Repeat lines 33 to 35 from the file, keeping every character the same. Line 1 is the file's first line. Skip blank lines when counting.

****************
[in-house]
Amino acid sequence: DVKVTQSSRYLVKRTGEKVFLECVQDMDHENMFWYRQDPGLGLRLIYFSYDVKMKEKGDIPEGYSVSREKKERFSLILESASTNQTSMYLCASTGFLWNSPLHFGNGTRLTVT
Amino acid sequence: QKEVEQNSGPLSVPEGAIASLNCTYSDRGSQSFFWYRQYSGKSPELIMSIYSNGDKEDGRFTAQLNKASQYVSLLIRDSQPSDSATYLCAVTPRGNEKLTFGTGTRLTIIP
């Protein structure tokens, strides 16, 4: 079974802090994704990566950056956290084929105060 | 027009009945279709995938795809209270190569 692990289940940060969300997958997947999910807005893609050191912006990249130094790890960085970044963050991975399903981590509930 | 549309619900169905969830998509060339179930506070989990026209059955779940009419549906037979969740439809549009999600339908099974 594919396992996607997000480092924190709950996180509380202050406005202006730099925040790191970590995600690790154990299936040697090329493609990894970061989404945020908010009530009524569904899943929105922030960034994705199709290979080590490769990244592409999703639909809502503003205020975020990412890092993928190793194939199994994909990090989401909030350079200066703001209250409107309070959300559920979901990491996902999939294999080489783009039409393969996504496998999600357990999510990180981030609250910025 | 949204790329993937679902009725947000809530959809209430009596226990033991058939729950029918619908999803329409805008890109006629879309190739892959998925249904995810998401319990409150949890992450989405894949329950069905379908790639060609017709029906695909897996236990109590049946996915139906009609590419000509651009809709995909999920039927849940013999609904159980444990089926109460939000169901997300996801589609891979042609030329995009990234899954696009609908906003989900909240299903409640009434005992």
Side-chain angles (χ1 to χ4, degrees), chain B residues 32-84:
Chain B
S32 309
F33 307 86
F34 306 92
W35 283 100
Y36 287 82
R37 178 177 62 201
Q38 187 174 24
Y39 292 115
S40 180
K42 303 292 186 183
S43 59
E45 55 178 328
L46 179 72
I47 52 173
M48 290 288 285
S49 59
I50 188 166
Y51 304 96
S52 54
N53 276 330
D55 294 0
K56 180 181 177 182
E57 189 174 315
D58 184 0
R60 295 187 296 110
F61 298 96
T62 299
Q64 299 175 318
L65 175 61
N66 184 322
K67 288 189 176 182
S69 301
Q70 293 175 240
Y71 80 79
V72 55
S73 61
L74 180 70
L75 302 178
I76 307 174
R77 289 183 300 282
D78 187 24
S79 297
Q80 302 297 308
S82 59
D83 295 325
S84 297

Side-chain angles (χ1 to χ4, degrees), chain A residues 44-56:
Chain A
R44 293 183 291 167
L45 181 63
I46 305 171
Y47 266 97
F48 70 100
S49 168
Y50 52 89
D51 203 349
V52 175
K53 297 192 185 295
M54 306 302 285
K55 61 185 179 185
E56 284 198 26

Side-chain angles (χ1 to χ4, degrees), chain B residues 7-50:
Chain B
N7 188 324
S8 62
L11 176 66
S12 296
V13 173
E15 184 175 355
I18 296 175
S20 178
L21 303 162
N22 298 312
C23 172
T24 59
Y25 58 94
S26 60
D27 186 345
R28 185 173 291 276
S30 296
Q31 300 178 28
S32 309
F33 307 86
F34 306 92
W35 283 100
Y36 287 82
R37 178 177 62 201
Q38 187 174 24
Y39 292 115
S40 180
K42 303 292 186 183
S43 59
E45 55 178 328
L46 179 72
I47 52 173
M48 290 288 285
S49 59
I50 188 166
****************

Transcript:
T62 299
Q64 299 175 318
L65 175 61